“When will you actually finish one of our races?” asks race director Tim, steering his car back to CP6 in Houffalize. I am grinning in the back. “One day, I will.” I know exactly which one, where and when. Then again, what am I doing in the back of his car at 3 AM in the morning?
More happy than sad, I am in a reflective mood. The Great Escape is the second race organised by the Legends Trails team, rising stars among the ultra XL trail organizers. A strenuous 100 miler along a beautiful long distance path between Ettelbruck in Luxemburg and La Roche-en-Ardenne in Belgium, named the Lee Eisleck trail. Could not resist. Wise to start? Yes, enjoyed it very much. Wise to stop? Yes, cannot afford to let a nagging pain under my right knee develop into something more serious.
My program has been a bit overloaded lately. FOMO, the infamous “fear of missing out” syndrome? It must be… After achieving my goals during the Heroes Ultra in Crete, I clearly might have exaggerated a bit. A mere two weeks after Crete, I did a fast sandal shod Boucles Ardennaises (for me 8 km/h is really fast!) on a flooded circuit and an even wetter 50 K Ohm Trail on my Luna Origens the day after. Because I wanted to. It was my birthday after all. There seemed to be some merit in their claim “Hardest Trail of Belgium”… and I suffered. But I didn’t want to quit and pushed through regardless. In the end my lower legs were nearly destroyed. No movement for about two weeks. I felt like I had too much, so it must have been enough. Two weekends later I threw in the towel after 22 K on a recce run of the last 45 K section of the Great Escape…
But the week after I did run an exceptional 12 km/h ten miles race in the sandy fields of my hometown. Also gained another 4 kg of body weight in that period after the HUC… Add some last minute travel for work and an infected root canal requiring antibiotic treatment. Well…. not exactly the perfect conditions to start a 100 miler…
Back to the race. No whining, no pressure… It has been a marvellous day so far. Started at 4 AM in Ettelbruck, where Buzz Johnson and I took hotel rooms, while our families stayed in Bérismenil. After meeting us at CP2 in Hoscheid, they will fetch the other car we left at Ettelbruck station and meet us in Kautenbach. Those first 50 km feel great. Buzz is ahead of me, nevertheless I am confident I will catch up eventually.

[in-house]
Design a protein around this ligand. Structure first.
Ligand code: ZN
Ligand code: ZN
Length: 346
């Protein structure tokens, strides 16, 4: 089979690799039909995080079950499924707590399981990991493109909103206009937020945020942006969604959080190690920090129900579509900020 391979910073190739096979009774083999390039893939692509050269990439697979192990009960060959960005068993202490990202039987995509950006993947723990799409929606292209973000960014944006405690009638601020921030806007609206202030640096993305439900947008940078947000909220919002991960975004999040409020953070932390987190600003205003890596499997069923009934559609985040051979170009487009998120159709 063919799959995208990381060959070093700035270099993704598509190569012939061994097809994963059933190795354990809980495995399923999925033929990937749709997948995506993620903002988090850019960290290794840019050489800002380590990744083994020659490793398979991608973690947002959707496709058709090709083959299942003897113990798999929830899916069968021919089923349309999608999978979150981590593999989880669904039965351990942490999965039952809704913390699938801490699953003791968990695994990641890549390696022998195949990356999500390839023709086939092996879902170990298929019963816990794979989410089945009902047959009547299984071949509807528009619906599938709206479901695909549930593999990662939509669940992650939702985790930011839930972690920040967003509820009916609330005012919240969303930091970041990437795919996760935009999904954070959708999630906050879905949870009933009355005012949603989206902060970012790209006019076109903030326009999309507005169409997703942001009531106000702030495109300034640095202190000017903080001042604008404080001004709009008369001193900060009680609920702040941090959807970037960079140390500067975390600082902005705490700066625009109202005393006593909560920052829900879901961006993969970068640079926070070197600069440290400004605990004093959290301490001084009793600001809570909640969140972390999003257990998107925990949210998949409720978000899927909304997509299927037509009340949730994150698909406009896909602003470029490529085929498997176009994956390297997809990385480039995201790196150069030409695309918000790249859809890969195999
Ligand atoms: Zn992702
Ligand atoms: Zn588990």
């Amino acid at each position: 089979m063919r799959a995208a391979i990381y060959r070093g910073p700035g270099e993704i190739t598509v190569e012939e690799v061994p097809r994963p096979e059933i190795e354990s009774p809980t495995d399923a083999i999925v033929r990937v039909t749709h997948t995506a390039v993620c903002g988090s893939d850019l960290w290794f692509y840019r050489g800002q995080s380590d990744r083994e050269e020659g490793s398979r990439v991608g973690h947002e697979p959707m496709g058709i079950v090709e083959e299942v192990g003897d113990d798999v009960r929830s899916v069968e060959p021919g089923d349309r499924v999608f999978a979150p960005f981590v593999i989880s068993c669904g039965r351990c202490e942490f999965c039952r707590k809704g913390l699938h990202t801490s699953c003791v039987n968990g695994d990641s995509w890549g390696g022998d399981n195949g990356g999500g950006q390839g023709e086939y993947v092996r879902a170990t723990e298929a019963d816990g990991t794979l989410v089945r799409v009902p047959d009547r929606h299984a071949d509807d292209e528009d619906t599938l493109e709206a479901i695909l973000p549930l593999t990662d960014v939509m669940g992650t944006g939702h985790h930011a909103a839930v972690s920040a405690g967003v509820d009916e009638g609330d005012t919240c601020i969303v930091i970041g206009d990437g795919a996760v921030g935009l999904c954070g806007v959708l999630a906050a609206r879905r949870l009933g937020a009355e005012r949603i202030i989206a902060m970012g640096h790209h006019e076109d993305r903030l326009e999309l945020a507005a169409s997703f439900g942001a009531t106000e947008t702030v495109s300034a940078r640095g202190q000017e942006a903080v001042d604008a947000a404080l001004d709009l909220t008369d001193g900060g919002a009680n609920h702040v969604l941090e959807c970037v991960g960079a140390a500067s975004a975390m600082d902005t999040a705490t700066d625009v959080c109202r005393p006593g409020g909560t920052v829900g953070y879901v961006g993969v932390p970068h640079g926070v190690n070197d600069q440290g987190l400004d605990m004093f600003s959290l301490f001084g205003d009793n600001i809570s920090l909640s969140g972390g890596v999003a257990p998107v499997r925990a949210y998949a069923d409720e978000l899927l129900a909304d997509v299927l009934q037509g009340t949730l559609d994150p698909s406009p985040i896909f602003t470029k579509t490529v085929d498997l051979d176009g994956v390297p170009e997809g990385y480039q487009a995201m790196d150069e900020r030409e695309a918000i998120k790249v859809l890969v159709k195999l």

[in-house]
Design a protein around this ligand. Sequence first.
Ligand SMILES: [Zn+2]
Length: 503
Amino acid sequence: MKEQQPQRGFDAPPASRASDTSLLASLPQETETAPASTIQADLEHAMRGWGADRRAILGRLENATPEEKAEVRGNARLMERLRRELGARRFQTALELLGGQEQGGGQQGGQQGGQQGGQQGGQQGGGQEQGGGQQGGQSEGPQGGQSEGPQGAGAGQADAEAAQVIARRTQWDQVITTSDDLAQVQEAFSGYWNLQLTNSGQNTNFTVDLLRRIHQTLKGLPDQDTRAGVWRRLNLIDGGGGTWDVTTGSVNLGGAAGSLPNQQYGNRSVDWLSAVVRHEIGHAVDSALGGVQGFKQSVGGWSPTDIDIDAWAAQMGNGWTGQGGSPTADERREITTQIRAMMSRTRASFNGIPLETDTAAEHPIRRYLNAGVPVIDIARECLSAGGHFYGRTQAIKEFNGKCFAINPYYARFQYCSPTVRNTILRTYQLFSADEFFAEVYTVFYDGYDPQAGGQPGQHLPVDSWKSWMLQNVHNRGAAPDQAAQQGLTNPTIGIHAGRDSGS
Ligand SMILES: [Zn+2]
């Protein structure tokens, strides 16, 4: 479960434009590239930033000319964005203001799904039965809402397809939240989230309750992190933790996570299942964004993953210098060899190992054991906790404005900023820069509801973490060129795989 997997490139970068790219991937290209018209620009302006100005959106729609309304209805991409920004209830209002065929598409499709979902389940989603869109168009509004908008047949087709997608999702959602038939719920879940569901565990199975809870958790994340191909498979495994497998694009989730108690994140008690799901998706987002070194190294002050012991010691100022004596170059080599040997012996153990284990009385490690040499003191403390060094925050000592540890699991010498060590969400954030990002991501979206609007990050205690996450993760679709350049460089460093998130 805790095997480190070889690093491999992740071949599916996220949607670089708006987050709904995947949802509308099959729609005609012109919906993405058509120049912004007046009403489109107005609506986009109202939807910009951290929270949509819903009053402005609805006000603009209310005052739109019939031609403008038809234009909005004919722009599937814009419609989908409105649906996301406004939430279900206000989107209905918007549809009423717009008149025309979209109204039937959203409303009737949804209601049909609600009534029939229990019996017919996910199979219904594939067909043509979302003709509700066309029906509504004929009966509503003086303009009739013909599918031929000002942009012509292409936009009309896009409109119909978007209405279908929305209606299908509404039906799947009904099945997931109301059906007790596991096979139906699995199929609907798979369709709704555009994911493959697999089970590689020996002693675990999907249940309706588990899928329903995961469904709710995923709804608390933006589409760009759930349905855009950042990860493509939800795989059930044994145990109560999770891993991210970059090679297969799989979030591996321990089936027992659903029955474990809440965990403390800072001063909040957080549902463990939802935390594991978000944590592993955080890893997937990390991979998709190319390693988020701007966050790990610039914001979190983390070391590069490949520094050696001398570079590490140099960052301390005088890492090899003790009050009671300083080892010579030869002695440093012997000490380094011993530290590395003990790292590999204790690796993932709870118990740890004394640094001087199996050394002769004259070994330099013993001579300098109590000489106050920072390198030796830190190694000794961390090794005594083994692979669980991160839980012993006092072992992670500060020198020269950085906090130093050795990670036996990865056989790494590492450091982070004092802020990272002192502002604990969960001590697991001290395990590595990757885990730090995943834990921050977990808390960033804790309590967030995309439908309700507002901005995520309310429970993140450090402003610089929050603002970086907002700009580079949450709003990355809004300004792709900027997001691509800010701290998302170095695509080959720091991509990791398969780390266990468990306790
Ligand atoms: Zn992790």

It is the third time I run this section, and in the mean time I know it by heart. Only difference since May is the lush vegetation. The new post global warming weather makes the grass and especially the brambles grow like hell. Hard to see what slippery things lie underneath. Roots, branches, tree stumps and loose rocks… And everything is wet. So far my dream of running a dry and dusty trail for once. The Ardennes should not be underestimated. Demanding terrain, for sure. But my Luna Origin sandals keep up well. So do I.
The first 50 K are in the bag. Since Kautenbach, I am running with Hans and Jos. Hans is one of the rare Legends finishers, but doesn’t seem to enjoy the race today. Although the trail is pure beauty. Suddenly… Wham! Next checkpoint -CP3- is a true marvel. A La Chouffe tent in front of a nice castle staffed with old acquaintances Chloe and Patrick, both as helpful as ever. Great is my surprise when Hans announces he’ll quit at this point. I gather PLS (post legends syndrome) must be a serious thing. Better be warned.
In the mean time rain started pouring down. I join forces again with Jos, Willem and Alex. As far as I know I am the only one who ever did a 100 mile trail in the group. Despite the rain we are determined. But the devil fools with the best laid plans. Around kilometer 65 I start to develop a strange kind of pain below the right knee. Every step during every descent feels like someone driving a nail into my poor bones…. Bummer!